Asian viruses are likely to be detected. This would, theoretically, ensure broad sensitivity even
in case of multiple independent acquisitions of variant viruses from an animal reservoir.”
This statement demonstrates that the E gene used in RT-PCR test, as described in the
Corman-Drosten paper, is not specific to SARS-CoV-2. The E gene primers also detect a broad
spectrum of other SARS viruses.
The genome of the coronavirus is the largest of all RNA viruses that infect humans and they
all have a very similar molecular structure. Still, SARS-CoV-1 and SARS-CoV-2 have two highly
specific genetic fingerprints, which set them apart from the other coronaviruses. First, a
unique fingerprint-sequence (KTFPPTEPKKDKKKK) is present in the N-protein of SARS-CoV-1
and SARS-CoV-2 [13,14,15]. Second, both SARS-CoV-1 and SARS-CoV-2 do not contain the HE
protein, whereas all other coronaviruses possess this gene [13, 14]. So, in order to
specifically detect a SARS-CoV-1 and SARS-CoV-2 PCR product the above region in the N gene
should have been chosen as the amplification target. A reliable diagnostic test should focus
on this specific region in the N gene as a confirmatory test. The PCR for this N gene was not
further validated nor recommended as a test gene by the Drosten-Corman paper, because of
Review Report - Corman-Drosten et al., Eurosurveillance 2020
being “not so sensitive” with the SARS-CoV original probe [1].
Furthermore, the absence of the HE gene in both SARS-CoV-1 and SARS-CoV-2 makes this
gene the ideal negative control to exclude other coronaviruses. The Corman-Drosten paper
does not contain this negative control, nor does it contain any other negative controls. The
PCR test in the Corman-Drosten paper therefore contains neither a unique positive control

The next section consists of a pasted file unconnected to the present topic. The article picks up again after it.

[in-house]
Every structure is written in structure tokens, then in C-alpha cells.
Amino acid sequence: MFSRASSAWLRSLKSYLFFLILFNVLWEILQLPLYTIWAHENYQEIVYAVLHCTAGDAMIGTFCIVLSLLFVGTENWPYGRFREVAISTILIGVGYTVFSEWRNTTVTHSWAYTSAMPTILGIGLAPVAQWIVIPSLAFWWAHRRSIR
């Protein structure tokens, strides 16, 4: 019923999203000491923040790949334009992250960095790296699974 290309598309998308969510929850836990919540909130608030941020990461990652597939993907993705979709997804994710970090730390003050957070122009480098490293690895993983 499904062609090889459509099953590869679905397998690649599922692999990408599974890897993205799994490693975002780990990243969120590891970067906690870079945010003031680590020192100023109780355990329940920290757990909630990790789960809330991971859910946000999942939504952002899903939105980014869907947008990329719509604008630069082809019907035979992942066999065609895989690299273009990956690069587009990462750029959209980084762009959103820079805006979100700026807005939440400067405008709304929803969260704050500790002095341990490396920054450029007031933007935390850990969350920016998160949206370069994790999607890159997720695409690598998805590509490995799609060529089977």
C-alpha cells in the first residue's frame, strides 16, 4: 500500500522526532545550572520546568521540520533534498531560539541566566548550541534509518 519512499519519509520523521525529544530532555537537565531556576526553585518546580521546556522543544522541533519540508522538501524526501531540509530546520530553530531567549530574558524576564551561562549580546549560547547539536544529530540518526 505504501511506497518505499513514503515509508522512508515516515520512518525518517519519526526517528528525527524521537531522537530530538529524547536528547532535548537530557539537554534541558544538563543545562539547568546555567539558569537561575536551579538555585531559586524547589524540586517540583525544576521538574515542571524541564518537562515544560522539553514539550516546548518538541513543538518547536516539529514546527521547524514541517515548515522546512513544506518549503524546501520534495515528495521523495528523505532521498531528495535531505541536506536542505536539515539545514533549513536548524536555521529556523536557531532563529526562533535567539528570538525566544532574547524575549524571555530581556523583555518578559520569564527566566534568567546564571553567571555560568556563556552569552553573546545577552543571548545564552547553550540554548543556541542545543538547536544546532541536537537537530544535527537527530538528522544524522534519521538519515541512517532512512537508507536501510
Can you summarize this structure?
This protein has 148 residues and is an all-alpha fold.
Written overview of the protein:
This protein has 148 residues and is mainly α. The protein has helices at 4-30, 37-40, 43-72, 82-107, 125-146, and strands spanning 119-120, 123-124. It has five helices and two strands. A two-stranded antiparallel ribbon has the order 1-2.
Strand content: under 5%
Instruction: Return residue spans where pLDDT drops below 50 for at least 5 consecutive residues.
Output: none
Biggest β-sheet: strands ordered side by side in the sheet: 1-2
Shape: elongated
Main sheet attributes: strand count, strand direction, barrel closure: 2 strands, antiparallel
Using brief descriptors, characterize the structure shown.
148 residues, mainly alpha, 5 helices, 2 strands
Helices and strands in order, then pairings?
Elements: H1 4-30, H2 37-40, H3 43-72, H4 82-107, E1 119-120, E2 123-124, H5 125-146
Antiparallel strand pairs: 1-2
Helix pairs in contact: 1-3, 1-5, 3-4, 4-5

nor a negative control to exclude the presence of other coronaviruses. This is another major
design flaw which classifies the test as unsuitable for diagnosis.
6. Standard Operational Procedure (SOP) is not available
There should be a Standard Operational Procedure (SOP) available, which unequivocally
specifies the above parameters, so that all laboratories are able to set up the identical same
test conditions. To have a validated universal SOP is essential, because it facilitates data
comparison within and between countries. It is very important to specify all primer
parameters unequivocally. We note that this has not been done. Further, the Ct value to
indicate when a sample should be considered positive or negative is not specified. It is also
not specified when a sample is considered infected with SARS-CoV viruses. As shown above,
the test cannot discern between virus and virus fragments, so the Ct value indicating
positivity is crucially important. This Ct value should have been specified in the Standard
Operational Procedure (SOP) and put on-line so that all laboratories carrying out this test
have exactly the same boundary conditions. It points to flawed science that such an SOP
does not exist. The laboratories are thus free to conduct the test as they consider